Some cards work well on their own.
Some cards work better in combination with others.
Some cards work only in combination with others.

The extent to which two or more cards work together is called synergy. The most powerful synergy is called a combo.

I like to distinguish between two kinds of synergy:
micro-synergy: synergy at the level of the individual cards.
– macro-synergy: synergy at the level of the deck.

In essence, synergy is a kind of emergence. The whole is greater than the sum of its parts.

By extension, we can think of micro- and macro-emergence.”

“I see some beautiful emergent possibilities from the concept of emergence.”

“Now that I think of it, creativity itself is emergence.

The essence of creativity lies in making connections. In making connections, you’re essentially creating an emergent higher-order level of meaning.”

[Part 2]

Two Games

When force of circumstance upsets your equanimity, lose no time in recovering your self-control, and do not remain out of tune longer than you can help. Habitual recurrence to the harmony will increase your mastery of it. (Marcus Aurelius)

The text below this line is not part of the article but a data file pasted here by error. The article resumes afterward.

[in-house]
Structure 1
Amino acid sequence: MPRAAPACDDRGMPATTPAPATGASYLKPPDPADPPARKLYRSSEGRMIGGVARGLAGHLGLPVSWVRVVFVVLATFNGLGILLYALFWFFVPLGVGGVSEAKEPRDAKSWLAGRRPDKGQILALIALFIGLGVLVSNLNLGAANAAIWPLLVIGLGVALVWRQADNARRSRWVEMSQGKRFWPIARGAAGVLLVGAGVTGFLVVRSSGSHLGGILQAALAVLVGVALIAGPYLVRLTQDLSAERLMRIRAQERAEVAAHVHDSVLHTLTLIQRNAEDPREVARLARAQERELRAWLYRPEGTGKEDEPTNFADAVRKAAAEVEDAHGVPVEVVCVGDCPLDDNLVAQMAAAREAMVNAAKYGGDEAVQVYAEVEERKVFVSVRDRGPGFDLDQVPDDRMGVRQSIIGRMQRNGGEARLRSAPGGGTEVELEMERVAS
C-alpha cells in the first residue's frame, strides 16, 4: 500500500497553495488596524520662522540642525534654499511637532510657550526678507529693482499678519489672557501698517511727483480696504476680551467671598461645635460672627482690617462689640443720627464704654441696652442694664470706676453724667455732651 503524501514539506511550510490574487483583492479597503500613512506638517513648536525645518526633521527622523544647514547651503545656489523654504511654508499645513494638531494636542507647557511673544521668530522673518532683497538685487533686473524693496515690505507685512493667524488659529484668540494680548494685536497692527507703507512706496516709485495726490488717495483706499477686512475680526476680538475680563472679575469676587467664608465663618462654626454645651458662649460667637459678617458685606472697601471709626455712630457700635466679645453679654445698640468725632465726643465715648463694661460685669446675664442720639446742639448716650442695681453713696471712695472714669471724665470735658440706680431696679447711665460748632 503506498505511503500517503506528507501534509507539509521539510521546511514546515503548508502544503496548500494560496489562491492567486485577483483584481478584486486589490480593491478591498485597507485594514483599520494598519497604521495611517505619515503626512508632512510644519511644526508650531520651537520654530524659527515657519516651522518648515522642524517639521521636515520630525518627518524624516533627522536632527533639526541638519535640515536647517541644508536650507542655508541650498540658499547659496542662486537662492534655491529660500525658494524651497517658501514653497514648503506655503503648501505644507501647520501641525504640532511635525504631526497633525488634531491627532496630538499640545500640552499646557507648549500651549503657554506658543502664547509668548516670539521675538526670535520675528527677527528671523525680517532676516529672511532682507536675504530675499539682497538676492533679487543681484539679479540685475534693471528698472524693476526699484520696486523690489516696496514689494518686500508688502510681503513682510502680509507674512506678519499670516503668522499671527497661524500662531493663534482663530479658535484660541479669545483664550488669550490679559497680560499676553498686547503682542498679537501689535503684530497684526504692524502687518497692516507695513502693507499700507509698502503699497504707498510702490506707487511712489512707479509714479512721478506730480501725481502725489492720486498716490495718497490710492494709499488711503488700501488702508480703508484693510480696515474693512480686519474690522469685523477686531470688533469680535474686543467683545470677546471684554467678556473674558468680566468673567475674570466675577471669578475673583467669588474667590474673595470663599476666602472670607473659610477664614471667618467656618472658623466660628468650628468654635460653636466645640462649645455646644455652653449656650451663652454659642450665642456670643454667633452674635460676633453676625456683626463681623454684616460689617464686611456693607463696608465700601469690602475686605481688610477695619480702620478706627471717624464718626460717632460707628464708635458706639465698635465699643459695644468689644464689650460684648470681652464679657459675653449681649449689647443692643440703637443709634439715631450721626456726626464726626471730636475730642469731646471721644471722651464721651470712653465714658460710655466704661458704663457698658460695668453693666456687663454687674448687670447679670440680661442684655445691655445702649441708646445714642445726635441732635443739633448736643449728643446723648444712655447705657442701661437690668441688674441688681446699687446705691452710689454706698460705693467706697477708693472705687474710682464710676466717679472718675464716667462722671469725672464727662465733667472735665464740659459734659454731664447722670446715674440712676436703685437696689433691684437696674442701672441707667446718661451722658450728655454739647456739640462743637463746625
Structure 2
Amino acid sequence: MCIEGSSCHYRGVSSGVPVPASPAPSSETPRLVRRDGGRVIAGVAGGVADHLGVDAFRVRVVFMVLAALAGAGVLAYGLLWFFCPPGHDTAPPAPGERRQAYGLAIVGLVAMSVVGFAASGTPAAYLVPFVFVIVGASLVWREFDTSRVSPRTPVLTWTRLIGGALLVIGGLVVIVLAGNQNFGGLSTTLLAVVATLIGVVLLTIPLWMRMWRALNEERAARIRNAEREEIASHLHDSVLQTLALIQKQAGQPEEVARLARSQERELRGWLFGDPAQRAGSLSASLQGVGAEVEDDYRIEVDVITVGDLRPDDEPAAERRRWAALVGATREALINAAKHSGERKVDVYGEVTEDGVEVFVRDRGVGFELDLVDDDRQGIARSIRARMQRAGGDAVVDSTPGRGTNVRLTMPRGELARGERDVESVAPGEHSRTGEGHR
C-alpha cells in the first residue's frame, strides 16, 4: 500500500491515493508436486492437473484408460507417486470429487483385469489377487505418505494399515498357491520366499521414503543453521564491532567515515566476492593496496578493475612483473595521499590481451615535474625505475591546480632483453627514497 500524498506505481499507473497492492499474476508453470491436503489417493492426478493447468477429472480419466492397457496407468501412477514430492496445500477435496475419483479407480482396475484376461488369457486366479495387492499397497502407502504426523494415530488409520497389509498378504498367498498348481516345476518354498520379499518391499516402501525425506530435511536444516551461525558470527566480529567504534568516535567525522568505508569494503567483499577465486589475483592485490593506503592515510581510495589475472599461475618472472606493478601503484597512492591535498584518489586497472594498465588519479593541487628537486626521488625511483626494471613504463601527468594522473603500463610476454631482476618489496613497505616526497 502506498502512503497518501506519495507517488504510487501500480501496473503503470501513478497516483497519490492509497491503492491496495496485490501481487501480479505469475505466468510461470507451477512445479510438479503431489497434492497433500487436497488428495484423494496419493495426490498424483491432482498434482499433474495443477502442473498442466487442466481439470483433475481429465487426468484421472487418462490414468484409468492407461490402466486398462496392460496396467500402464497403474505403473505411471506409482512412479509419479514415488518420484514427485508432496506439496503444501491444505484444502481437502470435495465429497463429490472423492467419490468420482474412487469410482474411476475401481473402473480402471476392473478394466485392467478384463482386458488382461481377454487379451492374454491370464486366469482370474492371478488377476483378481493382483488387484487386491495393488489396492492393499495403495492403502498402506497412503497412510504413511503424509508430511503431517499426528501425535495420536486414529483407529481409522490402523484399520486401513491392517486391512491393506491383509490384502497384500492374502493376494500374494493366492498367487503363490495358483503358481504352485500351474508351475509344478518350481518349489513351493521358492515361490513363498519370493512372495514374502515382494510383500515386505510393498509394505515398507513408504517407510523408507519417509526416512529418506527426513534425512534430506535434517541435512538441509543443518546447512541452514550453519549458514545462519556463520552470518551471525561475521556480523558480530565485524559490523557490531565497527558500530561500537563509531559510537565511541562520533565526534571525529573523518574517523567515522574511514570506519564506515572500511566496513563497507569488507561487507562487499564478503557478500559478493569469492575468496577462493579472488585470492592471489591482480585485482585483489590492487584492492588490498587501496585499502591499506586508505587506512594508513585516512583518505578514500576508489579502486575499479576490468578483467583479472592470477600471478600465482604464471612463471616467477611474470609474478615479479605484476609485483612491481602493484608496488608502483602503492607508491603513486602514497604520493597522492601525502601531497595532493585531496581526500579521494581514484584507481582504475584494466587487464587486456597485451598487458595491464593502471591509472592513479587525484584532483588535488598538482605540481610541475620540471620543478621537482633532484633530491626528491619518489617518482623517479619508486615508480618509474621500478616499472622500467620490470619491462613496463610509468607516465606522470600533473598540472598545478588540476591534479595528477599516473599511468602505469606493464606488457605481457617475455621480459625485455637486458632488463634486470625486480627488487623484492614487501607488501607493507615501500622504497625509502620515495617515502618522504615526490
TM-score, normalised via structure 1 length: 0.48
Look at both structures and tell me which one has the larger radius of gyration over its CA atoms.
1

Fragments from imaginary dialogues

“Even if I no longer play it, Magic the Gathering remains one of my all-time favorite games.”

“What do you like about it?”

“The art of it, the creativity, the design, the structure, the modularity, the variety, the flavor, many things.

Magic is really not one game but a series of different games connected by a shared rule set and game pieces. (Mark Rosewater, head designer for Magic)

For me, Magic is a beautiful resource, a rich metaphoric system, a source of design inspiration, and in many ways, a model for The Beautiful Game [<link; medium length].

Magic the Puzzling

The picture you see is a Magic the Gathering puzzle, a game situation specifically created by someone to solve.

However, I like to see any game situation in Magic as a puzzle.